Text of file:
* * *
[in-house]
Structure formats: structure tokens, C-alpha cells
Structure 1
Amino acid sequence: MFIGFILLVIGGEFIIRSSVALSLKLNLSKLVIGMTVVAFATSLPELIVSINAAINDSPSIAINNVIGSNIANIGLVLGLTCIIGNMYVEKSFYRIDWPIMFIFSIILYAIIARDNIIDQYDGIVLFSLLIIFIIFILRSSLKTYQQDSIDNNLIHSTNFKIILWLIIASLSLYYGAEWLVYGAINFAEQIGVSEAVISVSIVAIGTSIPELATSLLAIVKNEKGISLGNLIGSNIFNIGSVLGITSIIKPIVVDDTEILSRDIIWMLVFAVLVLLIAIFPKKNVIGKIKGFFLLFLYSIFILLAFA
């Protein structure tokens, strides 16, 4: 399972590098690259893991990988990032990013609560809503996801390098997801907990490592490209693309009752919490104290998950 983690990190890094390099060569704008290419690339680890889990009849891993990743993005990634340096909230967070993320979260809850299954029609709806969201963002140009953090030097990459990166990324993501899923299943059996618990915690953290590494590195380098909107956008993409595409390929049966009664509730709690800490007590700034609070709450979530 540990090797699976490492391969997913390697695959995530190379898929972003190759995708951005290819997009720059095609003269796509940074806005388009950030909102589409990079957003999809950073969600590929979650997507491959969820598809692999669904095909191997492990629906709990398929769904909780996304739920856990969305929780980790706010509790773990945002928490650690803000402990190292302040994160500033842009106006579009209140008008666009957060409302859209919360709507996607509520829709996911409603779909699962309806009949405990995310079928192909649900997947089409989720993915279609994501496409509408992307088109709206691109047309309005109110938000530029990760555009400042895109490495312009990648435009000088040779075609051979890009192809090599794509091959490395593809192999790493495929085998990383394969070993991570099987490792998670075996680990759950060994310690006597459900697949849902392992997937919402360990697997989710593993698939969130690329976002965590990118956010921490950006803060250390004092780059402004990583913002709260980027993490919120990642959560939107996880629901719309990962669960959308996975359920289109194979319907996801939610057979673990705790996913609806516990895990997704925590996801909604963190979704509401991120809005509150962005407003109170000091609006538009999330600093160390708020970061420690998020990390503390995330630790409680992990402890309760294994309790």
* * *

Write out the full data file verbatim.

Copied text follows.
[in-house]
Structure formats: structure tokens, C-alpha cells
Structure 1
Amino acid sequence: MFIGFILLVIGGEFIIRSSVALSLKLNLSKLVIGMTVVAFATSLPELIVSINAAINDSPSIAINNVIGSNIANIGLVLGLTCIIGNMYVEKSFYRIDWPIMFIFSIILYAIIARDNIIDQYDGIVLFSLLIIFIIFILRSSLKTYQQDSIDNNLIHSTNFKIILWLIIASLSLYYGAEWLVYGAINFAEQIGVSEAVISVSIVAIGTSIPELATSLLAIVKNEKGISLGNLIGSNIFNIGSVLGITSIIKPIVVDDTEILSRDIIWMLVFAVLVLLIAIFPKKNVIGKIKGFFLLFLYSIFILLAFA
């Protein structure tokens, strides 16, 4: 399972590098690259893991990988990032990013609560809503996801390098997801907990490592490209693309009752919490104290998950 983690990190890094390099060569704008290419690339680890889990009849891993990743993005990634340096909230967070993320979260809850299954029609709806969201963002140009953090030097990459990166990324993501899923299943059996618990915690953290590494590195380098909107956008993409595409390929049966009664509730709690800490007590700034609070709450979530 540990090797699976490492391969997913390697695959995530190379898929972003190759995708951005290819997009720059095609003269796509940074806005388009950030909102589409990079957003999809950073969600590929979650997507491959969820598809692999669904095909191997492990629906709990398929769904909780996304739920856990969305929780980790706010509790773990945002928490650690803000402990190292302040994160500033842009106006579009209140008008666009957060409302859209919360709507996607509520829709996911409603779909699962309806009949405990995310079928192909649900997947089409989720993915279609994501496409509408992307088109709206691109047309309005109110938000530029990760555009400042895109490495312009990648435009000088040779075609051979890009192809090599794509091959490395593809192999790493495929085998990383394969070993991570099987490792998670075996680990759950060994310690006597459900697949849902392992997937919402360990697997989710593993698939969130690329976002965590990118956010921490950006803060250390004092780059402004990583913002709260980027993490919120990642959560939107996880629901719309990962669960959308996975359920289109194979319907996801939610057979673990705790996913609806516990895990997704925590996801909604963190979704509401991120809005509150962005407003109170000091609006538009999330600093160390708020970061420690998020990390503390995330630790409680992990402890309760294994309790």